CCTV cams in airports’ bag-check areas pushed

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Placement of high-definition (HD) closed-circuit television (CCTV) cameras in all baggage-checking areas in the country’s airports is being proposed in Congress.

The proposal came amid an alleged bullet-planting (tanim-bala or laglag-bala) scam hounding the Ninoy Aquino International Airport (NAIA).

According to Las Piñas City (Metro Manila) Rep. Mark Villar, the principal author of House Bill 6243, “These incidents of tanim-bala are truly inimical to our tourism industry and to the national economy. We can utilize technology to our advantage, especially in protecting people and in preventing undesirable incidents from happening.”

The proposed measure, or the Luggage Surveillance Act of 2015, provides for the installation of HD CCTV cameras in all baggage- checking areas of airport terminals in order to prevent the planting of incriminating evidence.


An HD CCTV camera is one “capable of true high-definition 1080p resolution (1920 x 1080).”

Under the bill, the surveillance cameras shall be online for 24 hours and seven days a week and video recordings shall be kept for not fewer than 60 days from recording.

Further, it mandates the Philippine National Police Aviation Security Group to take charge of operating and maintaining the HD cameras in good condition.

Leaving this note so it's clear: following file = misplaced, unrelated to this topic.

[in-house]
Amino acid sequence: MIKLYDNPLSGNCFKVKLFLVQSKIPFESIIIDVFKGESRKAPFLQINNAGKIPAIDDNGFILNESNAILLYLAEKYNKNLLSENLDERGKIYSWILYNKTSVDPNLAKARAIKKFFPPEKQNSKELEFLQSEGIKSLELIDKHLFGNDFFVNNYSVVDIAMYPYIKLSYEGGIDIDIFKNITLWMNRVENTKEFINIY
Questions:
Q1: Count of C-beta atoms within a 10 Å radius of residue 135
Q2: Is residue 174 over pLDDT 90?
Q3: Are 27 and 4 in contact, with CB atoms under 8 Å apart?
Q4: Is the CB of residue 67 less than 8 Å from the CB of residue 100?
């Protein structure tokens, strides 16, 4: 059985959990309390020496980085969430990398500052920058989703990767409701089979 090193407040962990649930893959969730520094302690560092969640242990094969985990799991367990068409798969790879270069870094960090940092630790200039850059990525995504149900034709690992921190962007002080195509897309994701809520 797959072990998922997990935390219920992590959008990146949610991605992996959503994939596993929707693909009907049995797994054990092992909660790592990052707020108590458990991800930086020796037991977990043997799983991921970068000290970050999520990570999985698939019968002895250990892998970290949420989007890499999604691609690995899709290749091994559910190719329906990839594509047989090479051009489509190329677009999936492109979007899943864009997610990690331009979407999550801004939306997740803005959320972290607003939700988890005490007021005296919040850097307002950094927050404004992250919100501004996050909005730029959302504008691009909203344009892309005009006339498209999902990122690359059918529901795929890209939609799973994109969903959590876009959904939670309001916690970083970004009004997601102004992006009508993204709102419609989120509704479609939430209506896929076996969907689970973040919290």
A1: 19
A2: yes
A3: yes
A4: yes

The authorized custodian shall maintain the confidentiality of video recordings, the bill states.

Also, the proposed measure provides that those who tamper with the HD CCTV cameras face a maximum of three years’ jail time and a fine not exceeding P30,000, or both.

Imprisonment not exceeding five years and a fine not more than P50,000, or both, apply if the violator is a public officer or employee.

Villar, in filing the bill, cited the state’s policy to maintain peace and order; to protect life, liberty and property; and to promote the general welfare.

“With the rampant incidents of alleged bullet-planting and extorting by security personnel of the [NAIA], a culture of fear has spread among tourists and even balikbayan [Filipino returnees],” he said in the bill’s explanatory note.

Citing news reports, the lawmaker noted that the common narration of the victims was that they were stopped after their luggage had been scanned, with a security officer then checking the luggage and pulling out a bullet from his pocket.

“Thereafter, the security officer would then detain the victim and extort money for the speedy resolution of the problem,” Villar said.

“With the installation of high-definition closed-circuit television cameras, the perpetrators of this nefarious laglag-bala or tanim-bala scheme can be identified or deterred,” he added.

“The installation of closed-circuit television system cameras in public places and in business establishments has proven to be useful in identifying and catching offenders, and in preventing crimes from happening due to the fear of being caught,” Villar said.

The bill is pending before the House Committee on Transportation.

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